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COA affirms ruling clearing consulting doctor in death case claiming negligence

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A trial court properly granted summary judgment to a doctor defending a negligence case brought by the estate of a man who died, the Indiana Court of Appeals ruled Wednesday, finding no doctor-patient relationship existed.

In Steven Harper and Rose Harper as Co-Personal Representatives of the Estate of Steven Harper, Deceased v. Gerry Hippensteel, M.D.,  42A04-1302-MI-95, the appellate panel found the doctor owed no duty to Steven Harper Jr., who died at the Primary Care Clinic in Vincennes in November 2008 after suffering a pulmonary embolism and deep venous thrombosis.

Dr. Gerry Hippensteel had entered into an Indiana Collaborative Practice Agreement with nurse practitioner Vonetta Vories, in which Hippensteel consulted and reviewed a random 5 percent sampling of the nurse’s patient records, including medications prescribed.  

The court concluded that the undisputed facts prove Hippensteel didn’t owe a duty to Harper in the traditional sense because he had never seen him as a patient and never discussed his case with Vories. It then dealt with the question of whether the Collaborative Practice Agreement established a duty for the doctor.

“Because the CPA explicitly states that its terms do not place any increased liability on Dr. Hippensteel for decisions made by NP Vories, and indicates that NP Vories had the independent authority to treat patients as she saw fit, we cannot conclude that Dr. Hippensteel entered into a physician-patient relationship with each of NP Vories’s patients merely because he entered into a CPA with NP Vories,” Judge Cale Bradford wrote for the panel that included Judges Mark Bailey and Melissa May.

“Accordingly, because the CPA did not increase Dr. Hippensteel’s liability, Dr. Hippensteel could only be found to have entered into a physician-patient relationship and, as a result, acquired a duty to NP Vories’s patients, if he performed any affirmative act with regard to the patient,” the panel held.



 

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  1. A traditional parade of attorneys? Really Evansville? Y'all need to get out more. When is the traditional parade of notaries? Nurses? Sanitation workers? Pole dancers? I gotta wonder, do throngs of admiring citizens gather to laud these marching servants of the constitution? "Show us your billing records!!!" Hoping some video gets posted. Ours is not a narcissistic profession by any chance, is it? Nah .....

  2. My previous comment not an aside at court. I agree with smith. Good call. Just thought posting here a bit on the if it bleeds it leads side. Most attorneys need to think of last lines of story above.

  3. Hello everyone I'm Gina and I'm here for the exact same thing you are. I have the wonderful joy of waking up every morning to my heart being pulled out and sheer terror of what DCS is going to Throw at me and my family today.Let me start from the !bebeginning.My daughter lost all rights to her 3beautiful children due to Severe mental issues she no longer lives in our state and has cut all ties.DCS led her to belive that once she done signed over her right the babies would be with their family. We have faught screamed begged and anything else we could possibly due I hired a lawyer five grand down the drain.You know all I want is my babies home.I've done everything they have even asked me to do.Now their saying I can't see my grandchildren cause I'M on a prescription for paipain.I have a very rare blood disease it causes cellulitis a form of blood poisoning to stay dormant in my tissues and nervous system it also causes a ,blood clotting disorder.even with the two blood thinners I'm on I still Continue to develop them them also.DCS knows about my illness and still they refuse to let me see my grandchildren. I Love and miss them so much Please can anyone help Us my grandchildren and I they should be worrying about what toy there going to play with but instead there worrying about if there ever coming home again.THANK YOU DCS FOR ALL YOU'VE DONE. ( And if anyone at all has any ideals or knows who can help. Please contact (765)960~5096.only serious callers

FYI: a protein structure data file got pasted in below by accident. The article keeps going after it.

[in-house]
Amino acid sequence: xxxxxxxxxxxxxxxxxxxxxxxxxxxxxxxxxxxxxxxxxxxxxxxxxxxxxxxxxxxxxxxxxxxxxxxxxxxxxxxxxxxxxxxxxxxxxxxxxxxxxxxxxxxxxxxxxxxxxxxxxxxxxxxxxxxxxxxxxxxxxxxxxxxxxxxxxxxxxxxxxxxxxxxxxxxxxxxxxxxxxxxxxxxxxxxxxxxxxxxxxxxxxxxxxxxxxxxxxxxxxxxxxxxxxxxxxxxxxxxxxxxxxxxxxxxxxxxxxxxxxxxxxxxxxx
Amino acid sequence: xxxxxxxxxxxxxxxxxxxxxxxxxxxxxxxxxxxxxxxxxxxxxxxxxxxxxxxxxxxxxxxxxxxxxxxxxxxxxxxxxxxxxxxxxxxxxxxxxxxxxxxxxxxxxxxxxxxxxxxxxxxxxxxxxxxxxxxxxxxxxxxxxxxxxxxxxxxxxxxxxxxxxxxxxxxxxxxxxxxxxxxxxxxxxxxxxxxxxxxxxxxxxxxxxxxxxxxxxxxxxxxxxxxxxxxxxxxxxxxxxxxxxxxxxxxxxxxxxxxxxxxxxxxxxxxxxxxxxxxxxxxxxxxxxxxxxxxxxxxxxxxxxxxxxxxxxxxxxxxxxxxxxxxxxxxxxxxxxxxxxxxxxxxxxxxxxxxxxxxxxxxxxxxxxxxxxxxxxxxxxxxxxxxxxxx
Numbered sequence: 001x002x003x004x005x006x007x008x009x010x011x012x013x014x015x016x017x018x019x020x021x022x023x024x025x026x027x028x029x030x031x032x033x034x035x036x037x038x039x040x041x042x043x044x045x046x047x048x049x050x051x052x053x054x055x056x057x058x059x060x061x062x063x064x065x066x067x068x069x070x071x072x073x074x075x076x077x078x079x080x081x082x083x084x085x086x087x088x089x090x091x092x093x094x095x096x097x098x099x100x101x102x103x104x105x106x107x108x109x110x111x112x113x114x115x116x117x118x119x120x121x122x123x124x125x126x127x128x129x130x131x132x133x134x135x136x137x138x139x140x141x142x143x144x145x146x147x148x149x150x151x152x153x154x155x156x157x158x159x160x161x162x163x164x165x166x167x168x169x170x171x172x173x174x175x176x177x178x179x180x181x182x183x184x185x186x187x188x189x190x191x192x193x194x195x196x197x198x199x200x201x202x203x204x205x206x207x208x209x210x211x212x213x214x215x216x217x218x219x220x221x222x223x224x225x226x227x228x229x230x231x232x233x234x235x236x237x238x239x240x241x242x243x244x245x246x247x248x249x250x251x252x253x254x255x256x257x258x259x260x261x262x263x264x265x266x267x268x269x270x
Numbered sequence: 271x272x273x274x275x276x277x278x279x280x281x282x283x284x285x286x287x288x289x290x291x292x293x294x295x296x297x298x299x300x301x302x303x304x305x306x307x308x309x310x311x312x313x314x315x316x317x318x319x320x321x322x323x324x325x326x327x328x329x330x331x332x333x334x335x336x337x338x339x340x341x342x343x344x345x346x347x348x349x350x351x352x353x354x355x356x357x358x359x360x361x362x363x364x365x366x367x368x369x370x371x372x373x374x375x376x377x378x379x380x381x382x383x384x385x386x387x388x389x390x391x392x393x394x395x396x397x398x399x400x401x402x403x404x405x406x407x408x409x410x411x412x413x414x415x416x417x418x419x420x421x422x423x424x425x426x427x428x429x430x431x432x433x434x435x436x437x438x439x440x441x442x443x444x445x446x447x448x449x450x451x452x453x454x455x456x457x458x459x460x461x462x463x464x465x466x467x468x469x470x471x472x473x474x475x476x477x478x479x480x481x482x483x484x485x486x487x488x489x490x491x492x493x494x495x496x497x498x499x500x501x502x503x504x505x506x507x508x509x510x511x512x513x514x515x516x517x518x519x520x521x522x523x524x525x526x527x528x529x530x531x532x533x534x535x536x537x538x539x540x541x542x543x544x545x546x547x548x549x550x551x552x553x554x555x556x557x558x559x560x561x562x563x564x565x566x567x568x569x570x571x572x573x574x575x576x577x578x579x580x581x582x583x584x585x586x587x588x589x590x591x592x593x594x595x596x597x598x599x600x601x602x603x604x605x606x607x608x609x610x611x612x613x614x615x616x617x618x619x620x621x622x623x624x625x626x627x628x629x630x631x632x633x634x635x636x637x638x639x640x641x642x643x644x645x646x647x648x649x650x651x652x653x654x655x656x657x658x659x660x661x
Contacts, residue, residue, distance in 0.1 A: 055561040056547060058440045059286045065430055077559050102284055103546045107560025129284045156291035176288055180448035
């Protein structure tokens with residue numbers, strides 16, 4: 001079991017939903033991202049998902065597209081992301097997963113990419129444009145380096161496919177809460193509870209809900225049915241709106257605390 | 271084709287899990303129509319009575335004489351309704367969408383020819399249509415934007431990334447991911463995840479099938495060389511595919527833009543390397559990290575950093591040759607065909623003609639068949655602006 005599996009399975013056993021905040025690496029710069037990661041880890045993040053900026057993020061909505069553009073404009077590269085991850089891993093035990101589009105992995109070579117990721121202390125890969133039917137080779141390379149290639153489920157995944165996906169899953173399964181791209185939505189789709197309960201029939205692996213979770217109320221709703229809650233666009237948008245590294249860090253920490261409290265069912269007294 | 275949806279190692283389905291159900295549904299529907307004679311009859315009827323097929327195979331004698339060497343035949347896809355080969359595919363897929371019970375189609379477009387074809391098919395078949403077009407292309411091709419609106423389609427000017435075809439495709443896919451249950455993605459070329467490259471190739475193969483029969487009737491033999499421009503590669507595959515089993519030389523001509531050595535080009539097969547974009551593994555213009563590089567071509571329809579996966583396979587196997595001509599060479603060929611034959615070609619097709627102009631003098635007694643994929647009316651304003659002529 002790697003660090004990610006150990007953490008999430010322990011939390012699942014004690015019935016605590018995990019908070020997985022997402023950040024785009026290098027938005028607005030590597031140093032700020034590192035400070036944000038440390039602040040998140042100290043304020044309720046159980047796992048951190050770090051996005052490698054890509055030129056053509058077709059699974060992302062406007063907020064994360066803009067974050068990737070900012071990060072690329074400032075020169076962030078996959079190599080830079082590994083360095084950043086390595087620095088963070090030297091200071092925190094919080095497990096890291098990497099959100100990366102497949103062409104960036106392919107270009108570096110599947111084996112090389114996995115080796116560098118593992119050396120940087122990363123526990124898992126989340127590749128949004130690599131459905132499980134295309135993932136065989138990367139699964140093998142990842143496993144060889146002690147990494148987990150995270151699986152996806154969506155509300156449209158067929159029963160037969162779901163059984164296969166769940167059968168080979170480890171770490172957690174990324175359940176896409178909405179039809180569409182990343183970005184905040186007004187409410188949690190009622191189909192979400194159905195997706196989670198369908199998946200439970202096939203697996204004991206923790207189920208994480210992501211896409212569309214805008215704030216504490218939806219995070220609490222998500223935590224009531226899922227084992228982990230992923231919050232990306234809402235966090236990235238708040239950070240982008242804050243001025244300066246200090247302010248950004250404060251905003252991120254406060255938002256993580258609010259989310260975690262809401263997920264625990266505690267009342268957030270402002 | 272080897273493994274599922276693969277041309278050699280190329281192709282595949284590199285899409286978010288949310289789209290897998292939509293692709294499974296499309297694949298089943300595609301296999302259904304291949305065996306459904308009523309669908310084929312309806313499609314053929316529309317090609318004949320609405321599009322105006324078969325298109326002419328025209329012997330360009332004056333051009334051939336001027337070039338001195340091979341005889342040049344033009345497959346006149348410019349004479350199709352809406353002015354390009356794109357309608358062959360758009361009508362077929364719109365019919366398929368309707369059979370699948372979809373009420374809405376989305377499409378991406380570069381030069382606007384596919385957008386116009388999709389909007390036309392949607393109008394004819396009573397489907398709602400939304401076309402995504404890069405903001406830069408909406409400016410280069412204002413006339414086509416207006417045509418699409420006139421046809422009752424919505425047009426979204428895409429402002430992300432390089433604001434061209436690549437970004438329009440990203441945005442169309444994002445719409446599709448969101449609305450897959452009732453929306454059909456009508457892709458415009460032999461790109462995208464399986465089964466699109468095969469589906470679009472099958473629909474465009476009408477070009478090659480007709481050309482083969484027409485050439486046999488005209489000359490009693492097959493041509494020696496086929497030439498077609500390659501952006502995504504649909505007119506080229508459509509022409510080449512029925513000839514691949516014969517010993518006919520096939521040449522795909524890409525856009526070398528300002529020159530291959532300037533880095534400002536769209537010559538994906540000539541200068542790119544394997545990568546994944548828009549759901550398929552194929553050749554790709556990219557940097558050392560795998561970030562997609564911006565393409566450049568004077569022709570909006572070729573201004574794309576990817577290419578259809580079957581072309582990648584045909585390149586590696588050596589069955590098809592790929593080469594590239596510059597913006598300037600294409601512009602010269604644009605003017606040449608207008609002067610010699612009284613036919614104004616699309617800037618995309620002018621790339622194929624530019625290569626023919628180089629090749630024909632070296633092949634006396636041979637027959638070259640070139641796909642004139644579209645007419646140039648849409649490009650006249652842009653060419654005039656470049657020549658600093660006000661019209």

4. He must be a Rethuglican, for if from the other side of the aisle such acts would be merely personal and thus not something that attaches to his professional life. AND ... gotta love this ... oh, and on top of talking dirty on the phone, he also, as an aside, guess we should mention, might be important, not sure, but .... "In addition to these allegations, Keaton was accused of failing to file an appeal after he collected advance payment from a client seeking to challenge a ruling that the client repay benefits because of unreported income." rimshot

  5. I am not a fan of some of the 8.4 discipline we have seen for private conduct-- but this was so egregious and abusive and had so many points of bad conduct relates to the law and the lawyer's status as a lawyer that it is clearly a proper and just disbarment. A truly despicable account of bad acts showing unfit character to practice law. I applaud the outcome.

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